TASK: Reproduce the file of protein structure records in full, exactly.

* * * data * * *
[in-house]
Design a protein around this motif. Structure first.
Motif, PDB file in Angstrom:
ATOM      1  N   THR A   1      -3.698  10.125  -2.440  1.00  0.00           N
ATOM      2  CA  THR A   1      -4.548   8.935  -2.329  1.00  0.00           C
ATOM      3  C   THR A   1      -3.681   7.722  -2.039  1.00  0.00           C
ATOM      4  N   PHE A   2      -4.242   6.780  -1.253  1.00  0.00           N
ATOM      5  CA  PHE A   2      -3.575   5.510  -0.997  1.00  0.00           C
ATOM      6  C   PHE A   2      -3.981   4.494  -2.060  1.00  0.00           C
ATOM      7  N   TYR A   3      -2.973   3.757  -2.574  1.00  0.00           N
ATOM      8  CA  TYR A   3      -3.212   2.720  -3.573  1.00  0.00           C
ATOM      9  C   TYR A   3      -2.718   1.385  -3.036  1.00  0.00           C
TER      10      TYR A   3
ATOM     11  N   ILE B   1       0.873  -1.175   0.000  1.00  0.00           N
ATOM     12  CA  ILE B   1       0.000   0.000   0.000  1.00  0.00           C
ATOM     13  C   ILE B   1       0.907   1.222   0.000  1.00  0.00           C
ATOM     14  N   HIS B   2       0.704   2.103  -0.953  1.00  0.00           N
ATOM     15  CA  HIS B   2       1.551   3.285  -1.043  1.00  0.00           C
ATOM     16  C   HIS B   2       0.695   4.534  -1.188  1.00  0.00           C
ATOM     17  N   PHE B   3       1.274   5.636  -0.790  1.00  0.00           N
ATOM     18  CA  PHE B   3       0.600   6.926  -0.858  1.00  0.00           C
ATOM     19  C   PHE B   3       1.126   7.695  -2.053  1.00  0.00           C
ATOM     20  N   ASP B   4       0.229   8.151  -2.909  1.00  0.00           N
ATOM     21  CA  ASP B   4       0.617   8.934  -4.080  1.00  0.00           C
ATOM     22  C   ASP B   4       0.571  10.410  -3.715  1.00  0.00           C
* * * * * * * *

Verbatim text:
[in-house]
Design a protein around this motif. Structure first.
Motif, PDB file in Angstrom:
ATOM      1  N   THR A   1      -3.698  10.125  -2.440  1.00  0.00           N
ATOM      2  CA  THR A   1      -4.548   8.935  -2.329  1.00  0.00           C
ATOM      3  C   THR A   1      -3.681   7.722  -2.039  1.00  0.00           C
ATOM      4  N   PHE A   2      -4.242   6.780  -1.253  1.00  0.00           N
ATOM      5  CA  PHE A   2      -3.575   5.510  -0.997  1.00  0.00           C
ATOM      6  C   PHE A   2      -3.981   4.494  -2.060  1.00  0.00           C
ATOM      7  N   TYR A   3      -2.973   3.757  -2.574  1.00  0.00           N
ATOM      8  CA  TYR A   3      -3.212   2.720  -3.573  1.00  0.00           C
ATOM      9  C   TYR A   3      -2.718   1.385  -3.036  1.00  0.00           C
TER      10      TYR A   3
ATOM     11  N   ILE B   1       0.873  -1.175   0.000  1.00  0.00           N
ATOM     12  CA  ILE B   1       0.000   0.000   0.000  1.00  0.00           C
ATOM     13  C   ILE B   1       0.907   1.222   0.000  1.00  0.00           C
ATOM     14  N   HIS B   2       0.704   2.103  -0.953  1.00  0.00           N
ATOM     15  CA  HIS B   2       1.551   3.285  -1.043  1.00  0.00           C
ATOM     16  C   HIS B   2       0.695   4.534  -1.188  1.00  0.00           C
ATOM     17  N   PHE B   3       1.274   5.636  -0.790  1.00  0.00           N
ATOM     18  CA  PHE B   3       0.600   6.926  -0.858  1.00  0.00           C
ATOM     19  C   PHE B   3       1.126   7.695  -2.053  1.00  0.00           C
ATOM     20  N   ASP B   4       0.229   8.151  -2.909  1.00  0.00           N
ATOM     21  CA  ASP B   4       0.617   8.934  -4.080  1.00  0.00           C
ATOM     22  C   ASP B   4       0.571  10.410  -3.715  1.00  0.00           C